Harry Potter outshines the harshness of The Casual Vacancy


I’ve just read J.K. Rowling’s ‘The Casual Vacancy’ and admit that I was quite disturbed having forced myself through its pages.

It seems that I’m not the only one, given the number of readers who haven’t finished the book. Makes one think of Stephen Hawking‘s ‘A Brief History of Time’, though for completely different reasons.

So what on earth made her write it?

I assume she literally wanted to take the (humorously) nasty characters she had created in the Muggle world Harry and his fellow apprentice wizards frequent, and amplify them into ‘stereotypical’ characters in a semi-rural backwater. Drugs users abound.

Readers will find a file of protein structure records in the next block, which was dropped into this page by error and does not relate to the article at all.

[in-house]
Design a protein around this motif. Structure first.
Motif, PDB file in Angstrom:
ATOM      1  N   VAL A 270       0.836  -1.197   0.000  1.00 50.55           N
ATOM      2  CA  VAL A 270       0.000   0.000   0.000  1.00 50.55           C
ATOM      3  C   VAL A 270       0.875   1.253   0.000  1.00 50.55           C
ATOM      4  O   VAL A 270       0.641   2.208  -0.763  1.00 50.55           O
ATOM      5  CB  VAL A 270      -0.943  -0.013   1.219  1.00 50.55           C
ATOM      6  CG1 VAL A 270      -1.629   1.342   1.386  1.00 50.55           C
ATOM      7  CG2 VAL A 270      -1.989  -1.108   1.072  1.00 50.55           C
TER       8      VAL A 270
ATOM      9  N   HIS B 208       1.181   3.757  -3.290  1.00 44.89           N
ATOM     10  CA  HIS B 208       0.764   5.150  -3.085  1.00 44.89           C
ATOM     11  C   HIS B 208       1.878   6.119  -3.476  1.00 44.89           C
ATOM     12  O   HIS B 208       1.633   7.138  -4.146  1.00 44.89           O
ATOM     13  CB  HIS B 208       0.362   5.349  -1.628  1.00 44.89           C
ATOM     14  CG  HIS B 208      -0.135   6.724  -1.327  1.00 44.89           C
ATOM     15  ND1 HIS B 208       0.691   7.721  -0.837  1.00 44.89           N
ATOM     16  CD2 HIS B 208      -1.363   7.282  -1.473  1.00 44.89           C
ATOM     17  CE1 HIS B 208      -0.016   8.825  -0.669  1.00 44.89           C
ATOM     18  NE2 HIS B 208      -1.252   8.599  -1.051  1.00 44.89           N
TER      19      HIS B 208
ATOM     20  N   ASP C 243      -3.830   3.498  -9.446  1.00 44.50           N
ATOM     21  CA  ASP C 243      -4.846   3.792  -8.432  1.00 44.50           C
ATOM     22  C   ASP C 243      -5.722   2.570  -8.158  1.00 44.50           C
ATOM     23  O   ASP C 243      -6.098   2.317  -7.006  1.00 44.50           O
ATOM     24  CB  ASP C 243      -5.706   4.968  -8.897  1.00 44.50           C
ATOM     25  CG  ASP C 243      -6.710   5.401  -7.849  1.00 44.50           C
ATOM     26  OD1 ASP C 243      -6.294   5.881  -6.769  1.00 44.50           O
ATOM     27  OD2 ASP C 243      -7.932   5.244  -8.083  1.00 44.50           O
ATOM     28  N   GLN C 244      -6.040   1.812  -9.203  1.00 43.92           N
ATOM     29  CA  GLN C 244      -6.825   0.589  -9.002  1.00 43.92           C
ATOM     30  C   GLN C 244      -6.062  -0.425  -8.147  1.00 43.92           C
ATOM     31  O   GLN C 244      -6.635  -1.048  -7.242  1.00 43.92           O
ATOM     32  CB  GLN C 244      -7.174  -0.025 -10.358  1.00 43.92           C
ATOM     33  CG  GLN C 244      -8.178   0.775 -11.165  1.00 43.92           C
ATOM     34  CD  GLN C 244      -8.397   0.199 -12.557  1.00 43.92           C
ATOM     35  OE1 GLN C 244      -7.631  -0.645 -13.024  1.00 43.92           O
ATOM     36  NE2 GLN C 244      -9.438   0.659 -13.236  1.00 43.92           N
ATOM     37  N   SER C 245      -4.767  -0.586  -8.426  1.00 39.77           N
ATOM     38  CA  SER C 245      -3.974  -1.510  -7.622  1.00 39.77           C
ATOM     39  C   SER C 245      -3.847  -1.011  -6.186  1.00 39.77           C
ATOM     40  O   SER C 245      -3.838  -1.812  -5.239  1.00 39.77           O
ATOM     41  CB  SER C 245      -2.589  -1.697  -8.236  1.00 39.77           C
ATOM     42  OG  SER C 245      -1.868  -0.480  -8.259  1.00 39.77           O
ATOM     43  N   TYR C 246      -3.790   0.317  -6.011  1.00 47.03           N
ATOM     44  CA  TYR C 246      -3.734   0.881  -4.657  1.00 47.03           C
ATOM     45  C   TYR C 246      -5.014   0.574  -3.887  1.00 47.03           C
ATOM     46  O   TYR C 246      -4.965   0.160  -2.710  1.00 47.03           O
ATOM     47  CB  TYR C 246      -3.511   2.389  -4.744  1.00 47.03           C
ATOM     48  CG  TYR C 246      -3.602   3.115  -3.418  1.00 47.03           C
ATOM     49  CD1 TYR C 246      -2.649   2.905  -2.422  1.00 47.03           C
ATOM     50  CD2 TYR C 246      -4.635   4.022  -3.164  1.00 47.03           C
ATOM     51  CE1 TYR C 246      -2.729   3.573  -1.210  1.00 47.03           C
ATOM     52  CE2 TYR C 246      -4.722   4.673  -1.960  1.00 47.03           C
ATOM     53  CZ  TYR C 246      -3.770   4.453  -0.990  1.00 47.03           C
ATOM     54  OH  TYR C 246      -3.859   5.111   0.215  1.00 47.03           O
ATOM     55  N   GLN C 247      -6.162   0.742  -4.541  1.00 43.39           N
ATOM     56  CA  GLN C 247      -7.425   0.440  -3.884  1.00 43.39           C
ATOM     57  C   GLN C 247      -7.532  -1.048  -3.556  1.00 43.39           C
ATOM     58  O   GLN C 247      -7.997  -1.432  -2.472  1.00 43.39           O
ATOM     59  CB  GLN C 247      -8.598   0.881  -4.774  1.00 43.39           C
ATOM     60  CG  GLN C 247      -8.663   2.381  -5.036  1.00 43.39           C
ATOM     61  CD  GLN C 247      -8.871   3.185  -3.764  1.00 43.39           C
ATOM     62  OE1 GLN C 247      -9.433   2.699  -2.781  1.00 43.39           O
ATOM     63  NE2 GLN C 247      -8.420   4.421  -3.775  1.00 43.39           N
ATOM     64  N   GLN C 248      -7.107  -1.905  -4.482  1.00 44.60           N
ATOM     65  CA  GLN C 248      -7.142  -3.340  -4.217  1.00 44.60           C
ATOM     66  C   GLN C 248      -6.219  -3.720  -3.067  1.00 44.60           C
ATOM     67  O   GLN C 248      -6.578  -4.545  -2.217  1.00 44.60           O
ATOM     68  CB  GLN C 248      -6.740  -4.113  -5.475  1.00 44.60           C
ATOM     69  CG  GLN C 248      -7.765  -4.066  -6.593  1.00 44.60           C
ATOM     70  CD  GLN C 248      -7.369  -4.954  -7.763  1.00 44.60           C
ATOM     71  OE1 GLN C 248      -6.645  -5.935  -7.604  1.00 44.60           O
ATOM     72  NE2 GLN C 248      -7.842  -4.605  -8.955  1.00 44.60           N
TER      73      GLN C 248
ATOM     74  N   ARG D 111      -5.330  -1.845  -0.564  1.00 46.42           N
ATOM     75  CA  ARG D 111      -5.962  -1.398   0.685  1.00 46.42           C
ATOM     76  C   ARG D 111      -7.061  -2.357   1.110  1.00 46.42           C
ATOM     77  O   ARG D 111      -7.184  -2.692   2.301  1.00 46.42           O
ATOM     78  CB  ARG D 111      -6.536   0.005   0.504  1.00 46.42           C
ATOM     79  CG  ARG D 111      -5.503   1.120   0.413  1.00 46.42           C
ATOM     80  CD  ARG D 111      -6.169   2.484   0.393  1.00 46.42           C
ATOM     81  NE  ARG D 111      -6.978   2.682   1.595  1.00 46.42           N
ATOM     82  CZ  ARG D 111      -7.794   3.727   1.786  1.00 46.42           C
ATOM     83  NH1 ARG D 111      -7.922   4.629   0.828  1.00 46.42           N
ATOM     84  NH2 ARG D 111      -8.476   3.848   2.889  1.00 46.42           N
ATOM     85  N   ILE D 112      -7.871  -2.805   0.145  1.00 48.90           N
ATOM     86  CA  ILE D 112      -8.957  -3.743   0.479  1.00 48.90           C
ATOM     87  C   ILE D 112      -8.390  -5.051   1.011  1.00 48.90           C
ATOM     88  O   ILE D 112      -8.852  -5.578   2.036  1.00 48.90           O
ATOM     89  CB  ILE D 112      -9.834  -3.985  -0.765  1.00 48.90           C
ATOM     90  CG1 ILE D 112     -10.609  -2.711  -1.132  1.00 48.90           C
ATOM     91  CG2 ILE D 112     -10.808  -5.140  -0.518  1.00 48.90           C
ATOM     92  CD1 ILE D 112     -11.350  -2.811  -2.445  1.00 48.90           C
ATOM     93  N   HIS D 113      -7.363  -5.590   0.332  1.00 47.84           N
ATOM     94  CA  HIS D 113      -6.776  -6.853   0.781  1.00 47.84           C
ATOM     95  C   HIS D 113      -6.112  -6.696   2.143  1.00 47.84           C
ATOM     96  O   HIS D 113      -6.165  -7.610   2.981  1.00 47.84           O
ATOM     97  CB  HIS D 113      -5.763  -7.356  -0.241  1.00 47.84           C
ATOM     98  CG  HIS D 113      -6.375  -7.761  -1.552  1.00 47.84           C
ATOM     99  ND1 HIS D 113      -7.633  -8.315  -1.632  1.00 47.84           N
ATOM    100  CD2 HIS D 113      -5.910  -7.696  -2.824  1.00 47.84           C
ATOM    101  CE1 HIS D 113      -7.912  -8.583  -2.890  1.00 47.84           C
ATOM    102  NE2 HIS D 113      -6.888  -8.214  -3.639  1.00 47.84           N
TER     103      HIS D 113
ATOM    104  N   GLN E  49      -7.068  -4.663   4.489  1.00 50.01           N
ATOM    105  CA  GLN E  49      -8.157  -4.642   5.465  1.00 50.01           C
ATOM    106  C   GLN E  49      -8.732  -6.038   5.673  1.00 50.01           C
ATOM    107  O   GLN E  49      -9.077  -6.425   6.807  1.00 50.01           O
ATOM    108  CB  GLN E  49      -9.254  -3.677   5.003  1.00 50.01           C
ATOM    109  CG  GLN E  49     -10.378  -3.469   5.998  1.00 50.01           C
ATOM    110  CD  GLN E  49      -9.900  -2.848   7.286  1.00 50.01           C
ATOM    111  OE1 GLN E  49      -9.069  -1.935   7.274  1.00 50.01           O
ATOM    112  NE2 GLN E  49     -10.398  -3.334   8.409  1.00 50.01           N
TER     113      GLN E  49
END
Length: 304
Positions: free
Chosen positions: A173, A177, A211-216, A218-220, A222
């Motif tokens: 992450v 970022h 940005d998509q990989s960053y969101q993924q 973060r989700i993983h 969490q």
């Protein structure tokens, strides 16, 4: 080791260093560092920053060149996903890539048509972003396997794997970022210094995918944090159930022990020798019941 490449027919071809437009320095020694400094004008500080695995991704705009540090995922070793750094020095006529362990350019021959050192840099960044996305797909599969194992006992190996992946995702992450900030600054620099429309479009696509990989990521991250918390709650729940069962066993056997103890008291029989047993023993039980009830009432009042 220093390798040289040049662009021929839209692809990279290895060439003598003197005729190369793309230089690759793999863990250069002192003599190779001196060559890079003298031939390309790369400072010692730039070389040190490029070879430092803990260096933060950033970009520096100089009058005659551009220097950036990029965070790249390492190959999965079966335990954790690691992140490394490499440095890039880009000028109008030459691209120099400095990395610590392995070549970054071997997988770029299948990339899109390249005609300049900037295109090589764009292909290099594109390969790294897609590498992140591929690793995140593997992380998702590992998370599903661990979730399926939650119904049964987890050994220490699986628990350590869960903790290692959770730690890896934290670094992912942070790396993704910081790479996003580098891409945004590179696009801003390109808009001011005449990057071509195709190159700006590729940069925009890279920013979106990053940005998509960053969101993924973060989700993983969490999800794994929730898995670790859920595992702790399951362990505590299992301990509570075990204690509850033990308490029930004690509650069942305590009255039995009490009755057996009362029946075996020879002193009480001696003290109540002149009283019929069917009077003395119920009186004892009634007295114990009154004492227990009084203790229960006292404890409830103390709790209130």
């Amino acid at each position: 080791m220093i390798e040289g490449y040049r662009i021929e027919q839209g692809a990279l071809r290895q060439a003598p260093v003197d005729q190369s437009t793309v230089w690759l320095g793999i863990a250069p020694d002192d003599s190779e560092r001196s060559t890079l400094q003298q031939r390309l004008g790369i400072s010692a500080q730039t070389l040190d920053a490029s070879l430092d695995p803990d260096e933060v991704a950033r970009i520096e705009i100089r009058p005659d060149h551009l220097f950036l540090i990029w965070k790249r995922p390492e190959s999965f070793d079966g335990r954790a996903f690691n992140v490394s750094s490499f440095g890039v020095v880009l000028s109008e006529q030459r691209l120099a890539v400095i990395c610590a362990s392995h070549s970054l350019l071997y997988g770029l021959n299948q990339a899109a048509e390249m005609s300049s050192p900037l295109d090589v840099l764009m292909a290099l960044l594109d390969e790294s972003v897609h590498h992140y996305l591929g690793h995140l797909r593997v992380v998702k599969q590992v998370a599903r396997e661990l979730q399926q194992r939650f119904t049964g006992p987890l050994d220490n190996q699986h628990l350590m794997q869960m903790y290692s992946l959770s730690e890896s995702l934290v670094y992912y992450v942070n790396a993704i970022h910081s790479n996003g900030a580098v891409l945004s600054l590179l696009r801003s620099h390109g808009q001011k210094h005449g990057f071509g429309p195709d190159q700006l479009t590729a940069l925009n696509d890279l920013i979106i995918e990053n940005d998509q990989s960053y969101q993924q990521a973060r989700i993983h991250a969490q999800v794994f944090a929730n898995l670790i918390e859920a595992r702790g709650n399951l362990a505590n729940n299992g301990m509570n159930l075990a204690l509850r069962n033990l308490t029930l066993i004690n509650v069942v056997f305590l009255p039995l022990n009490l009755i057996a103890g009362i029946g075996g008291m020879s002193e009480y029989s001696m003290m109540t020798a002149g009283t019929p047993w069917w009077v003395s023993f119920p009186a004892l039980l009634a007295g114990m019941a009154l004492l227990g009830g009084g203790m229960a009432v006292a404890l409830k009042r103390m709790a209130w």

I just don’t think it worked at all.

J.K.’s writing style is unique and she does weave complicated parallel plots, in this case at times much too convoluted even for me.

I was also shocked by the extreme human nastiness that pervaded almost every page, with occasional rays of optimism or kindness. The language was very graphic and often coldly harsh – I pity any relatively innocent Harry Potter fan who stumbled across the book expecting something akin to those fantasy adventures, captured so well on film.

It seems Rowling is faring well under her recently exposed pseudonym Robert Galbraith and perhaps she should have taken this approach in the first place. However, I’m now cautious about picking up one of her new books.

Sadly, not a casual read as far as I’m concerned.

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